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Crisis managed: What's next for global monetary policy?
The global financial crisis triggered by the collapse of Lehman Brothers in September 2008 ushered in a new era of monetary policy making. Central banks across the globe—such as the U.S. Federal Reserve and the Bank of England—slashed interest rates and invented new ways to inject stimulus into their economies. Although the scars of the crisis are still evident, the global economy is far healthier now than it was ten years ago, thanks in large part to actions taken by central bankers. The recession would have been far worse without their aggressive and harmonized monetary response.
Now ten years removed from entering crisis management mode, policymakers must figure out if (and how) they wish to undo these extreme measures to mitigate some of their unwanted side effects. Doing this would have the benefit of preventing inflation, impeding financial bubbles from developing, and making it easier for central banks to soften the damage in future crises. The trade-off is that it makes it costlier to finance business investments and consumer purchases, which has a negative impact on economic growth and international trade.
The Federal Reserve is leading major central banks in raising interest rates Enlarge this image
Essentially, the question for policymakers boils down to whether they can remove stimulus without significantly reducing demand for goods and services. The answer to that question will vary greatly for different economies, given the uneven nature of their recoveries and an assortment of risks that must be taken into consideration. Nevertheless, those decisions will have a profound influence on global trade flows over the next few years. Aggressive removal of stimulus could ground trade to a halt, but maintaining low interest rates for too long could stir up even bigger problems down the road.
Fed makes the first move
The U.S. recovery has outpaced those of other advanced economies, and so it is further along in its efforts to normalize monetary policy. From 2015 to 2017, the Federal Reserve (Fed) raised interest rates in irregular intervals and only by small amounts. However, in 2018 as U.S. economic growth accelerated, the Fed began raising interest rates more steadily and at more predictable intervals. (See Figure 1.) Heading into 2019, the Fed intends to raise interest rates further. Interest rates are now more than halfway back to what the Fed considers neutral—a rate which is neither restrictive nor accommodative of economic growth. The Fed has also backed off its commitment to keep rates low for an extended period and has begun winding down its balance sheet assets, selling off some of the assets and bonds that it bought in the recession. Both of these actions will contribute to tighter financial conditions.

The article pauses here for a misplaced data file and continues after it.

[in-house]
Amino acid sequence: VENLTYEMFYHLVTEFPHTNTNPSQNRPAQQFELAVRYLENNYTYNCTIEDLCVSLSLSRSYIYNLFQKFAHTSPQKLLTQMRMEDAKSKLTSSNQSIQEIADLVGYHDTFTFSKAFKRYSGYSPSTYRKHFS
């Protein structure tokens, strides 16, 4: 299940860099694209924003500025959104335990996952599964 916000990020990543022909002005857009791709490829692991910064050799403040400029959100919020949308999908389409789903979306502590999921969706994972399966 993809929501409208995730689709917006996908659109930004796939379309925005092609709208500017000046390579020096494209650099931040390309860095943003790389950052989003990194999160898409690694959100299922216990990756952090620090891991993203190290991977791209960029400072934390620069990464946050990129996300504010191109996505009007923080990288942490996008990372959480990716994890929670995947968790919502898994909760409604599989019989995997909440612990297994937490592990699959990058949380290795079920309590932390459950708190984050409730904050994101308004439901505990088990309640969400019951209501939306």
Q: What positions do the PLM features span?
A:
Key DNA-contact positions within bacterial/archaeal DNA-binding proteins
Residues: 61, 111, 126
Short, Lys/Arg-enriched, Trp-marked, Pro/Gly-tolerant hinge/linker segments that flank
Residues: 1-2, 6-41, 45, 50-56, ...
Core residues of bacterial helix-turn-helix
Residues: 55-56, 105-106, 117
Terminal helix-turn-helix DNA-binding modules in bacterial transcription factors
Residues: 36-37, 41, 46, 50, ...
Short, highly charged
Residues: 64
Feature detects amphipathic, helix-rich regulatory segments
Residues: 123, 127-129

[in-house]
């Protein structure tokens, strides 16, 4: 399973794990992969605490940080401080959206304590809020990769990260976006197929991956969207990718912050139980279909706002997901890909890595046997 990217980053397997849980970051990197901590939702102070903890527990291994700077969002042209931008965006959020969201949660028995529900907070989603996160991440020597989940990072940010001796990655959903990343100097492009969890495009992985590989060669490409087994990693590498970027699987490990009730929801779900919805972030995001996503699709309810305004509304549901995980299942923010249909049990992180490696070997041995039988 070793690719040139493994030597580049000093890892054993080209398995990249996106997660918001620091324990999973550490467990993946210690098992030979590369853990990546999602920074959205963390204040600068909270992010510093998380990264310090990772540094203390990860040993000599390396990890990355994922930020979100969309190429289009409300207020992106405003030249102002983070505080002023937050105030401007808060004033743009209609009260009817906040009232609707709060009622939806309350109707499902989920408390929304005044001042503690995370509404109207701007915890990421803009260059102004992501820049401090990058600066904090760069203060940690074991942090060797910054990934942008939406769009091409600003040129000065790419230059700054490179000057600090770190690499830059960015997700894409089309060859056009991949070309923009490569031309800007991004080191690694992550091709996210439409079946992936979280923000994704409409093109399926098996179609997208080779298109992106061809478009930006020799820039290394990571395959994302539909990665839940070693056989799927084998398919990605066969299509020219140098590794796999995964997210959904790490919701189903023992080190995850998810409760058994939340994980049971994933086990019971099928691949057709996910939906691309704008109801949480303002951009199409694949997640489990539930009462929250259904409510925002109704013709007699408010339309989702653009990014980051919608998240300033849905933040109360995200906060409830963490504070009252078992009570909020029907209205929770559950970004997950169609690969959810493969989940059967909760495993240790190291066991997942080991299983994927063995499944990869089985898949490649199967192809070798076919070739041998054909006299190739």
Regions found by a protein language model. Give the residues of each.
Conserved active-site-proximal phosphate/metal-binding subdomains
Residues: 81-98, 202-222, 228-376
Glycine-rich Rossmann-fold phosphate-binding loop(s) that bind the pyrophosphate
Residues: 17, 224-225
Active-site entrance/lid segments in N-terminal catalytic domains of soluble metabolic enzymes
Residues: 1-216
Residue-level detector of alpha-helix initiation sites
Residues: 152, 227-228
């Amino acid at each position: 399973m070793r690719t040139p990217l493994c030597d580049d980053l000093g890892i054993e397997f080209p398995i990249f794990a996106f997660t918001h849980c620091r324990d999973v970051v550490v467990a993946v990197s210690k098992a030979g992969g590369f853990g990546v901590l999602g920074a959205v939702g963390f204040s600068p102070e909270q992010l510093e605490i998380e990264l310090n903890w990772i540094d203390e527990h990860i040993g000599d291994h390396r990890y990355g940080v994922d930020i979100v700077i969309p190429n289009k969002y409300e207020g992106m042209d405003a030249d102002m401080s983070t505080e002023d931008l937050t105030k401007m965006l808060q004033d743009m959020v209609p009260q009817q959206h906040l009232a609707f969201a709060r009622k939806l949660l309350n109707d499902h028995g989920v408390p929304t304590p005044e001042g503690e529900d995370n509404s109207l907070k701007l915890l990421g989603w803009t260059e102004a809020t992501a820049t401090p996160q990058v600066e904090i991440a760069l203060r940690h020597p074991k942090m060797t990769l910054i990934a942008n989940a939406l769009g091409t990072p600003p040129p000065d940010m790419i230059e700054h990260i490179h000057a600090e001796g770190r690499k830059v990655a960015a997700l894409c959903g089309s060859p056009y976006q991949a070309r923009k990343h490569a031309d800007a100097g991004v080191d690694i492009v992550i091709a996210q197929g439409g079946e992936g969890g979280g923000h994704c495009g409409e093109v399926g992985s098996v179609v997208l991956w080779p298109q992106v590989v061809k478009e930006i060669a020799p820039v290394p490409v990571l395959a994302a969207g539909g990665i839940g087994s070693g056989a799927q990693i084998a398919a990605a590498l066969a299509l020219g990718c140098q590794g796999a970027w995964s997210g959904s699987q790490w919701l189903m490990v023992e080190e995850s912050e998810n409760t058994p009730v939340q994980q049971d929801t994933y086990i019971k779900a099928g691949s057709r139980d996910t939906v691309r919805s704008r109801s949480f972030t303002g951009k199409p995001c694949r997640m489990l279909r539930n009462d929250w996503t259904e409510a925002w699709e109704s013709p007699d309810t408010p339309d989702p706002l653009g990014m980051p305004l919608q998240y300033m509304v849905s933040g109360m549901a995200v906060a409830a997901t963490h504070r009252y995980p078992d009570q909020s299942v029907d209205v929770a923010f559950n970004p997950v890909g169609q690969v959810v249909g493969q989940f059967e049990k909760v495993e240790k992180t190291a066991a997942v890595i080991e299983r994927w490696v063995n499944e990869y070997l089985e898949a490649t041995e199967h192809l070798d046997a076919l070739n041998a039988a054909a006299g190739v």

What the Fed's path should be going forward is more difficult to handicap, given questions about how much further the economic expansion has room to run. The Trump administration's fiscal stimulus measures—tax cuts and additional government spending—are designed to have their peak impact on economic growth in 2018. By late next year, these measures will no longer be supporting growth, andthe U.S. economy will be more vulnerable to higher interest rates.
This may create a policy "fork in the road," at which point the Fed must decide whether to prioritize lengthening the expansion or fending off inflation. Inflation is currently relatively muted, but labor market tightness and tariff-induced price pressures should have a larger impact next year. On the other hand, the recent surge in financial volatility—a de-facto tightening of financial conditions—threatens to slow global growth (and therefore U.S. growth) on its own if it persists in 2019. This balancing act may create some policy uncertainty with spillover effects into the rest of the global economy.
Brexit uncertainty remains elevated
The Bank of England (BOE) followed the Fed's lead in the aftermath of the global recession by slashing interest rates, engaging in quantitative easing (or buying large amounts of government bonds and other financial assets to stimulate the economy), and introducing forward guidance (or communications about what their future monetary policy will be) to keep rates low for an extended period. In early 2016, it looked as if the BOE was poised to follow the Fed's lead on raising interest rates, but that prospect became increasingly uncertain after the 2016 referendum in which the United Kingdom voted to separate from the European Union (EU). The uncertainty caused by Brexit prompted the BOE to temporarily lower rates instead of increasing them. However, since late 2016, the U.K. economy has lowered its unemployment rate and managed enough growth to warrant slightly higher interest rates.
In recent months, however, the U.K. economy has taken a turn for the worse, and there remains a heightened amount of uncertainty about ongoing Brexit negotiations. The possibility that the U.K. and the EU might fail to strike a deal that would smooth the U.K.'s departure presents daunting downside risks. Firms would face new trade tariffs, potentially severe cross-border delays, and disrupted domestic supply chains, prompting the delay or cancellation of investment projects. In addition, the household economy would be hit via substantial losses in real income and wealth. This uncertainty creates a headache for the BOE, which cannot reasonably commit to raising interest rates until there is resolution regarding post-Brexit relations. As such, monetary policy will likely be on hold in the U.K. until the Brexit deadline in late March.
Baby steps for Europe and Japan